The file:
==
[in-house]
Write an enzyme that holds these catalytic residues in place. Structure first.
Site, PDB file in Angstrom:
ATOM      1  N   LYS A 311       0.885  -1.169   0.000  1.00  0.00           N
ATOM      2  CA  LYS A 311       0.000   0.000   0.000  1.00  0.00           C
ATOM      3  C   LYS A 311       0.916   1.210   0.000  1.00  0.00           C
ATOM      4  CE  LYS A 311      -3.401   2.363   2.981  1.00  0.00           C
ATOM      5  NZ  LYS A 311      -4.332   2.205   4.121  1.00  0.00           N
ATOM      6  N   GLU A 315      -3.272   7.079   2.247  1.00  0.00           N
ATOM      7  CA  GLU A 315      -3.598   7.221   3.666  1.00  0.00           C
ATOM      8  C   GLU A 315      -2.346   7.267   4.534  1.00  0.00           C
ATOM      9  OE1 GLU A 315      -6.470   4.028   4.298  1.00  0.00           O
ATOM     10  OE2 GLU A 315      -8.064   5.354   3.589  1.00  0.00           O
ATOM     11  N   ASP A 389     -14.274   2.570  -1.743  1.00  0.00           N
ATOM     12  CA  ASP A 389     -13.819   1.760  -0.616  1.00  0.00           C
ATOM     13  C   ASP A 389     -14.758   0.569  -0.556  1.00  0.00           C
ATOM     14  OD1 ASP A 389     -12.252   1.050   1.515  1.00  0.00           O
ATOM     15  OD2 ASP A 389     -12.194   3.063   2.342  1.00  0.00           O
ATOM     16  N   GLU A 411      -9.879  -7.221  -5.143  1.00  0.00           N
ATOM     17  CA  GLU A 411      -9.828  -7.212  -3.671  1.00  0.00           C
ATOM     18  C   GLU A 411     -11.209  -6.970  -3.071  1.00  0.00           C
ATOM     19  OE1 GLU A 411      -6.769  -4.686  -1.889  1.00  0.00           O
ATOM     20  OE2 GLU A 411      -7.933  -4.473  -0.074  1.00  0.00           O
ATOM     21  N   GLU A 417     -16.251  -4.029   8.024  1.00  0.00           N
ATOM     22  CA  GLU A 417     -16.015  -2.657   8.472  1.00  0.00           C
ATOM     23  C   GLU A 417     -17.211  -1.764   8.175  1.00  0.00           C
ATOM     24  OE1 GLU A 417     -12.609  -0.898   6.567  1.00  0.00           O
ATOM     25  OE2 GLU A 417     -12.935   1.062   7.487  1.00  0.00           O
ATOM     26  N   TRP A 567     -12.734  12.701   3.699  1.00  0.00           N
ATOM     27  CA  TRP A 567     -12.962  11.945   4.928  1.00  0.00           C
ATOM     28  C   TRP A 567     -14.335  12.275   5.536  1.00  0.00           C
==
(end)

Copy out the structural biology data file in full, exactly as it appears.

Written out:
[in-house]
Write an enzyme that holds these catalytic residues in place. Structure first.
Site, PDB file in Angstrom:
ATOM      1  N   LYS A 311       0.885  -1.169   0.000  1.00  0.00           N
ATOM      2  CA  LYS A 311       0.000   0.000   0.000  1.00  0.00           C
ATOM      3  C   LYS A 311       0.916   1.210   0.000  1.00  0.00           C
ATOM      4  CE  LYS A 311      -3.401   2.363   2.981  1.00  0.00           C
ATOM      5  NZ  LYS A 311      -4.332   2.205   4.121  1.00  0.00           N
ATOM      6  N   GLU A 315      -3.272   7.079   2.247  1.00  0.00           N
ATOM      7  CA  GLU A 315      -3.598   7.221   3.666  1.00  0.00           C
ATOM      8  C   GLU A 315      -2.346   7.267   4.534  1.00  0.00           C
ATOM      9  OE1 GLU A 315      -6.470   4.028   4.298  1.00  0.00           O
ATOM     10  OE2 GLU A 315      -8.064   5.354   3.589  1.00  0.00           O
ATOM     11  N   ASP A 389     -14.274   2.570  -1.743  1.00  0.00           N
ATOM     12  CA  ASP A 389     -13.819   1.760  -0.616  1.00  0.00           C
ATOM     13  C   ASP A 389     -14.758   0.569  -0.556  1.00  0.00           C
ATOM     14  OD1 ASP A 389     -12.252   1.050   1.515  1.00  0.00           O
ATOM     15  OD2 ASP A 389     -12.194   3.063   2.342  1.00  0.00           O
ATOM     16  N   GLU A 411      -9.879  -7.221  -5.143  1.00  0.00           N
ATOM     17  CA  GLU A 411      -9.828  -7.212  -3.671  1.00  0.00           C
ATOM     18  C   GLU A 411     -11.209  -6.970  -3.071  1.00  0.00           C
ATOM     19  OE1 GLU A 411      -6.769  -4.686  -1.889  1.00  0.00           O
ATOM     20  OE2 GLU A 411      -7.933  -4.473  -0.074  1.00  0.00           O
ATOM     21  N   GLU A 417     -16.251  -4.029   8.024  1.00  0.00           N
ATOM     22  CA  GLU A 417     -16.015  -2.657   8.472  1.00  0.00           C
ATOM     23  C   GLU A 417     -17.211  -1.764   8.175  1.00  0.00           C
ATOM     24  OE1 GLU A 417     -12.609  -0.898   6.567  1.00  0.00           O
ATOM     25  OE2 GLU A 417     -12.935   1.062   7.487  1.00  0.00           O
ATOM     26  N   TRP A 567     -12.734  12.701   3.699  1.00  0.00           N
ATOM     27  CA  TRP A 567     -12.962  11.945   4.928  1.00  0.00           C
ATOM     28  C   TRP A 567     -14.335  12.275   5.536  1.00  0.00           C